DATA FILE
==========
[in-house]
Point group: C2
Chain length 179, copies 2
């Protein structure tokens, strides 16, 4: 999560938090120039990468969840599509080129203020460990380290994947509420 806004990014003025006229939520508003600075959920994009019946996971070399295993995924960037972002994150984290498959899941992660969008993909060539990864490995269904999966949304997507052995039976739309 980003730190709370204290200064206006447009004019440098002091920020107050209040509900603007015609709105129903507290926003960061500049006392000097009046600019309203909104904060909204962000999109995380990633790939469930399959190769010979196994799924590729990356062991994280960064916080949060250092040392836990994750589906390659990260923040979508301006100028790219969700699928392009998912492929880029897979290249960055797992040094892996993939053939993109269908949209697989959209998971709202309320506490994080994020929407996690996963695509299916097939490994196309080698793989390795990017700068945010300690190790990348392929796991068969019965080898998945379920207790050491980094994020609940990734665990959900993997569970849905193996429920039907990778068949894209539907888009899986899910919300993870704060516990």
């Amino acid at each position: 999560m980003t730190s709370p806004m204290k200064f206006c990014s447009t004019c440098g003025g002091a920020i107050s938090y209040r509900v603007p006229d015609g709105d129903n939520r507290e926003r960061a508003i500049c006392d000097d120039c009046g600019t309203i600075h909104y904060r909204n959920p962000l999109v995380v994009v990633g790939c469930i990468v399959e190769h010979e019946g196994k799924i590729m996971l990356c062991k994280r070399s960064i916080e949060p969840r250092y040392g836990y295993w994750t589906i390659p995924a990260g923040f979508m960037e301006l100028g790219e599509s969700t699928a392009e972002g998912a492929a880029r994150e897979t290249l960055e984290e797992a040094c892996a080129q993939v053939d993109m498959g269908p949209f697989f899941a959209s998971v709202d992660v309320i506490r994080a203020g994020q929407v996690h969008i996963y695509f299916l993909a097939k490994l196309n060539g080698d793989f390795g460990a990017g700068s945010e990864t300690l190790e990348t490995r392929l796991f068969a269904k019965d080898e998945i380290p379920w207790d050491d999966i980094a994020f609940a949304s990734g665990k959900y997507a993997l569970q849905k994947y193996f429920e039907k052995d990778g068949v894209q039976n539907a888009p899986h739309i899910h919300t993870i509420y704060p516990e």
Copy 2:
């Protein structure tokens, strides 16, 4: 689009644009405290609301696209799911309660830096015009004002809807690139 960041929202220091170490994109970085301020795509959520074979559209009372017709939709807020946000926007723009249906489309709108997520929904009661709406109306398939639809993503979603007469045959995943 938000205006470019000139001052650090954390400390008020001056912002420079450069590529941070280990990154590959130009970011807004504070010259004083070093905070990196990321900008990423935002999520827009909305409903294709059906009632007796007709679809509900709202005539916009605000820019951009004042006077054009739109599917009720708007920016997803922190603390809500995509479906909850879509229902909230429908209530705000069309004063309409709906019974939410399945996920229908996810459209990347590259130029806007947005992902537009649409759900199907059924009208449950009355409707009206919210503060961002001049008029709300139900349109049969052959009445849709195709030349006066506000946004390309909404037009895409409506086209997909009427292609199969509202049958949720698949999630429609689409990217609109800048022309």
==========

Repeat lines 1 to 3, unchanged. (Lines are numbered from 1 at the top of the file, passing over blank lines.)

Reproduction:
[in-house]
Point group: C2
Chain length 179, copies 2